I would not presume to instruct you. That would be arrogant. Nor would I impose upon you advice you've not sought. But I do offer you the benefit of my experience as you seek to deal responsibly with these challenges to the integrity of your church. Your letter to the faithful in Ireland and your meeting in Malta with victims were a good start. I hope the future will bring more truth-telling, which will make your church a better, safer place.
However, I believe it is misguided and wrong for gay men to be scapegoated in this scandal. As a gay man, I know the pain and the verbal and physical violence that can come from the thoroughly debunked myth connecting homosexuality and the abuse of children. In the media, representatives of and advocates for the Roman Catholic Church have laid blame for sexual abuse at the feet of gay priests. These people know, or should know, that every reputable scientific study shows that homosexuals are no more or less likely to be child abusers than heterosexuals. Psychologically healthy homosexual men are no more drawn to little boys than psychologically healthy heterosexual men are drawn to little girls.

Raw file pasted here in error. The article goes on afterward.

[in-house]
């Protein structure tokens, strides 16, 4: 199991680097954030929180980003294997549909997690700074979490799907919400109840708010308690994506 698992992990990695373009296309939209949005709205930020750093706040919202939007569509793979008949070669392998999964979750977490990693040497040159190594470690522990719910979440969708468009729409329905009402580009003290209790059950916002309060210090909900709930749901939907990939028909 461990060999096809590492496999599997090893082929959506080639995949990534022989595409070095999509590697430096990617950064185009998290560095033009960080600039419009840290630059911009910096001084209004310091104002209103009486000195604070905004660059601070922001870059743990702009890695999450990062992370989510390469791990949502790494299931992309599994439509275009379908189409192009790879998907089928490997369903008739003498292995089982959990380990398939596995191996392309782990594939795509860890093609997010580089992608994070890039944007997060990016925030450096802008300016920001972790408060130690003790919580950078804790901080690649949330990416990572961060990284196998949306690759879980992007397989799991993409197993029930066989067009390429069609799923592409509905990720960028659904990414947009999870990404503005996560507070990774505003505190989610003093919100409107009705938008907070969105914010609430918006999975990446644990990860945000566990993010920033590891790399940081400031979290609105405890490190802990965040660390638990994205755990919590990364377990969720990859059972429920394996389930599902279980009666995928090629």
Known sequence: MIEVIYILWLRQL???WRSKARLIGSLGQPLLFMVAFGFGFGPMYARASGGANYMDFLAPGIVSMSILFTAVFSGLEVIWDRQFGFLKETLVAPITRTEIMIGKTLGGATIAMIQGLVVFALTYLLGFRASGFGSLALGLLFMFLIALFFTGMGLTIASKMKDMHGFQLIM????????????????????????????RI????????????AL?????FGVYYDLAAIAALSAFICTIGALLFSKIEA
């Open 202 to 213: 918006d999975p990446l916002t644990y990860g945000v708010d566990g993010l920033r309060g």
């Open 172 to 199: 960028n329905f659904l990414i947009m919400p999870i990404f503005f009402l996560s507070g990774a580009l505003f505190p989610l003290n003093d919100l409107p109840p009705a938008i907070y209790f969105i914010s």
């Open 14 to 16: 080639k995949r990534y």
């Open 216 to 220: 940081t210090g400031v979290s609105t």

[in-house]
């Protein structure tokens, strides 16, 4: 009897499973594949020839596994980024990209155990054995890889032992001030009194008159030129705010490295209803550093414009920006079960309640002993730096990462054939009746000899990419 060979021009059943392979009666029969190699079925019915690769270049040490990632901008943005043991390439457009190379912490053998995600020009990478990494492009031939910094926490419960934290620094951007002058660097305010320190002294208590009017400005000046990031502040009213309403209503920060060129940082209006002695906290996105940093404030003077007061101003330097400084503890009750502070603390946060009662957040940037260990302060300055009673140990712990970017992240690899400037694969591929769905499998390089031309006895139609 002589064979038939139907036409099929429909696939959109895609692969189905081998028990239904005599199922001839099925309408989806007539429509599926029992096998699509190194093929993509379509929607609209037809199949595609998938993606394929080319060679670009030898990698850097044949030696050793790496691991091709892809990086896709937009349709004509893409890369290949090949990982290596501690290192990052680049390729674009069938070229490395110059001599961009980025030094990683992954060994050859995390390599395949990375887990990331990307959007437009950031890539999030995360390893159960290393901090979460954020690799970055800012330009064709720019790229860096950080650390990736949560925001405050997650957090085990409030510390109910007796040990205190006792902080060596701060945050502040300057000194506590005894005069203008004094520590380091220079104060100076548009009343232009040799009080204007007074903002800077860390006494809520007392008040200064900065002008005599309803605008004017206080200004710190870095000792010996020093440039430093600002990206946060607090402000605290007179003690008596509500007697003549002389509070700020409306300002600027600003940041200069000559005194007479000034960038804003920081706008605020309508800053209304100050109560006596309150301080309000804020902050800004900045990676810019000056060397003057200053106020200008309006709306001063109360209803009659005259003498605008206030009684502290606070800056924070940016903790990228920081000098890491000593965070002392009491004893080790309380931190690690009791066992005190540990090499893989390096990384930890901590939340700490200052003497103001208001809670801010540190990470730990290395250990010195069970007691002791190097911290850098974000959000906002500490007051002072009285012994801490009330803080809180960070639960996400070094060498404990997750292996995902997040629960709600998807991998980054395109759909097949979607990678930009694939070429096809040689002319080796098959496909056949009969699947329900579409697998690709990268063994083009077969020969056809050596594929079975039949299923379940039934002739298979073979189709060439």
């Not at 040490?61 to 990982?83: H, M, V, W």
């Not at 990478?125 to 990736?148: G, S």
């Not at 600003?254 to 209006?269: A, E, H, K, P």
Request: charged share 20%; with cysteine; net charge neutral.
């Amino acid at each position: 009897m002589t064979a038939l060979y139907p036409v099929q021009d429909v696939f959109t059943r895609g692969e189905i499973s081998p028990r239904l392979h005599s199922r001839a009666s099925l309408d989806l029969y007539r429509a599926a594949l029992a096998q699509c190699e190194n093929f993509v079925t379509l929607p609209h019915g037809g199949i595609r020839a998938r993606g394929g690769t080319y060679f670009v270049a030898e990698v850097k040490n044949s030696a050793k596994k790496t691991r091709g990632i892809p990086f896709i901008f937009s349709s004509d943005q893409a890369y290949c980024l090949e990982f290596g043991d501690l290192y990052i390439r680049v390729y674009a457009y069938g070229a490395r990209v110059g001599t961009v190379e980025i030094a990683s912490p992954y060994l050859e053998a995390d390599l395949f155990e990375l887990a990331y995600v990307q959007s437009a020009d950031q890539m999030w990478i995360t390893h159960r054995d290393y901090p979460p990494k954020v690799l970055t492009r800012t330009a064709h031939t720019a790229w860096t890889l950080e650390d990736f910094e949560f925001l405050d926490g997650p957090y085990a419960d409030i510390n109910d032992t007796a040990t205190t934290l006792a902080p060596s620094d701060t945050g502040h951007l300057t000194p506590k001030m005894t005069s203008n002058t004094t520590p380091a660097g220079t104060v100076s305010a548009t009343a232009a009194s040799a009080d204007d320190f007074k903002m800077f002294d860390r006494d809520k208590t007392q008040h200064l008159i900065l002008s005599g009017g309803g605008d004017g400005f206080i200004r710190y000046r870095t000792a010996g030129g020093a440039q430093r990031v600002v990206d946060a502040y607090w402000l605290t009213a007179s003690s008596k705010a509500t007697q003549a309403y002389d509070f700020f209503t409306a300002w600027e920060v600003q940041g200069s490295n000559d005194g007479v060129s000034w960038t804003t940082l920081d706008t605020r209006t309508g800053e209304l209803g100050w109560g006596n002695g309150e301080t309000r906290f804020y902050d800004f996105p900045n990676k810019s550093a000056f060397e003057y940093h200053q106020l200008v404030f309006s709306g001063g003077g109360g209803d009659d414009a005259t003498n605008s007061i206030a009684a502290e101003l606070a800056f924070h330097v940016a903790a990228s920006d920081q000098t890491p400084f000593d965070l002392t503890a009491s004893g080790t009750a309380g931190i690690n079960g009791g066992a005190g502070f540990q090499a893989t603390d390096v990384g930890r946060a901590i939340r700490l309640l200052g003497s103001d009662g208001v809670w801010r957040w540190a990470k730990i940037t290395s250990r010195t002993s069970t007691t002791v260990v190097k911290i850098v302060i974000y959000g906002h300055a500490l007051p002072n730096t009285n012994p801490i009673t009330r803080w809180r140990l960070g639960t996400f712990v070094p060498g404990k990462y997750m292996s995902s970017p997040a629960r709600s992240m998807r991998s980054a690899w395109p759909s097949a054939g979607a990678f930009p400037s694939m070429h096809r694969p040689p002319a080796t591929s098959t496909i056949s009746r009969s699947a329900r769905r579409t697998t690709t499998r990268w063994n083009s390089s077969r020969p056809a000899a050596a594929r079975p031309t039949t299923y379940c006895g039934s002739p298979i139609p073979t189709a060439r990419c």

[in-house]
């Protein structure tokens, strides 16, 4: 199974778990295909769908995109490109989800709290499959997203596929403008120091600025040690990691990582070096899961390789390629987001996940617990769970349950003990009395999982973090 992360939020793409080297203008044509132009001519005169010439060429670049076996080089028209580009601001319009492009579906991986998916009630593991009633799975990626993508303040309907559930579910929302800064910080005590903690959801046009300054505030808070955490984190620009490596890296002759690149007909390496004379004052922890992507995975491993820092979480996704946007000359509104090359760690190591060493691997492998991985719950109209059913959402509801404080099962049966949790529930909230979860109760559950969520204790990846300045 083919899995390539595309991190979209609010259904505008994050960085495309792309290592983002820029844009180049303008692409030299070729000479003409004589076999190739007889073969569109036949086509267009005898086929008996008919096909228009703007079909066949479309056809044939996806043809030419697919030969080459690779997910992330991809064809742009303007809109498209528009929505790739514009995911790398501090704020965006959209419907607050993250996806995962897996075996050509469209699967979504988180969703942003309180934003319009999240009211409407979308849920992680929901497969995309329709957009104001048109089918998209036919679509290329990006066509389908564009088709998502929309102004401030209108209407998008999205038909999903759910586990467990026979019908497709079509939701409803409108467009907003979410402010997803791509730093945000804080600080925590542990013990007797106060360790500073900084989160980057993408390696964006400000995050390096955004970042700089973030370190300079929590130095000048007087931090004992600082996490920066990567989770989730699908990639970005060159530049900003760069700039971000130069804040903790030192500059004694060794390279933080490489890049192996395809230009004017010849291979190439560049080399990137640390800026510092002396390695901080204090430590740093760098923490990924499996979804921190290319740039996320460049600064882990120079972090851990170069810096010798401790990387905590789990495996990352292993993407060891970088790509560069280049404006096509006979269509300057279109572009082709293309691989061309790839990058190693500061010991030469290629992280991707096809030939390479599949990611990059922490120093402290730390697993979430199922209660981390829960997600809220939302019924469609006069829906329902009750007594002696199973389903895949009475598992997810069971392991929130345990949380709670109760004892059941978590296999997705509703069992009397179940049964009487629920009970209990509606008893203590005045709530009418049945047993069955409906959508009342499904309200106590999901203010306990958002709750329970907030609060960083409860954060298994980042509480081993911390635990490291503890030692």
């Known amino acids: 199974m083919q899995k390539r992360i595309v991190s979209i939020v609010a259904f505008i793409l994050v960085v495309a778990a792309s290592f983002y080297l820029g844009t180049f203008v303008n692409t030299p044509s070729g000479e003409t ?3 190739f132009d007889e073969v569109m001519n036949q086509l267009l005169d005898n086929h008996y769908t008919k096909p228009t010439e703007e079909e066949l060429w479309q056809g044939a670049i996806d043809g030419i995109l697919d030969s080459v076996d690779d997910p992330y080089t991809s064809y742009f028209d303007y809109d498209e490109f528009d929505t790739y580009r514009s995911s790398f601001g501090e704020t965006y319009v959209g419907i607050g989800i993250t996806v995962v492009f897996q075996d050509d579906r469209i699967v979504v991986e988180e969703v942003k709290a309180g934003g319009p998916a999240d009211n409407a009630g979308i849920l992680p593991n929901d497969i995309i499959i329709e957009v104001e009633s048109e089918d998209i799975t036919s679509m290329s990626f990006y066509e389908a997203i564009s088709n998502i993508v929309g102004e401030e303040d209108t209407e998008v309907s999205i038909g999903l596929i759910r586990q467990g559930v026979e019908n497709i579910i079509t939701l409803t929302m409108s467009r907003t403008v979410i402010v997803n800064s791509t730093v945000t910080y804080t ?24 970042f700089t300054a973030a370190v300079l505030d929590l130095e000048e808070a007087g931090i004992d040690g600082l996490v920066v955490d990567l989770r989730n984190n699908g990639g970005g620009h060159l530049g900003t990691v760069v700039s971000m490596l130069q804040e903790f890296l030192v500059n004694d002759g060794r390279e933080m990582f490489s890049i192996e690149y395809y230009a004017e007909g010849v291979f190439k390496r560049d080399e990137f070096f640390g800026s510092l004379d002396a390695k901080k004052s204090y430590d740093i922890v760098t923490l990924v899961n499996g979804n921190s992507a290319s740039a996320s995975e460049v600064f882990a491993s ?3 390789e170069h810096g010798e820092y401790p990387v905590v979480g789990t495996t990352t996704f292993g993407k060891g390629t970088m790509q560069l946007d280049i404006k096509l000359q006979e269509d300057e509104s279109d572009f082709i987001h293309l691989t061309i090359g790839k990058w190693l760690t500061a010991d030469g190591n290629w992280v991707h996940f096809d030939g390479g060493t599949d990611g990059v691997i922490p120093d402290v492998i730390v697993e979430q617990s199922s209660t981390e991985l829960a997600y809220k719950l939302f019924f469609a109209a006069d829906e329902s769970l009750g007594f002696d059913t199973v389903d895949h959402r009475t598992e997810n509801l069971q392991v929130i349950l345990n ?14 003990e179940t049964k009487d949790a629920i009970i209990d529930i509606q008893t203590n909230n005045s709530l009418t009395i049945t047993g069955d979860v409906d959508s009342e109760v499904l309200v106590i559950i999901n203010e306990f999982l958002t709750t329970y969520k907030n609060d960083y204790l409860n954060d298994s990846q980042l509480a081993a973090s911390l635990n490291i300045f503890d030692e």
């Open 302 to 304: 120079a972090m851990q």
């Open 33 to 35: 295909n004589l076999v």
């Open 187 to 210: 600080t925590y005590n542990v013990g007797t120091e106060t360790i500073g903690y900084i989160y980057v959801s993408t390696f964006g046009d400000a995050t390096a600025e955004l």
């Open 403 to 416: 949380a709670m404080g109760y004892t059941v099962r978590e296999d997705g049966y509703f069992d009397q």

Sexual activity with children or teenagers is child abuse, pure and simple. Meaningful consent is impossible, by definition, for the underaged. You will not rid your church of sexual abuse by throwing homosexuals out of your seminaries or out of the priesthood. Homosexual priests have faithfully and responsibly served God throughout Catholic history. To scapegoat them and deprive them of their pulpits is a tragedy for the people they serve and for the church. Yours is a problem of abuse, not sexual orientation.
Read the rest of the letter here.
V. Gene Robinson was elected bishop of the Episcopal Diocese of New Hampshire in 2003 as the first openly gay bishop in the Episcopal Church. He is also a part-time senior fellow at the Center for American Progress.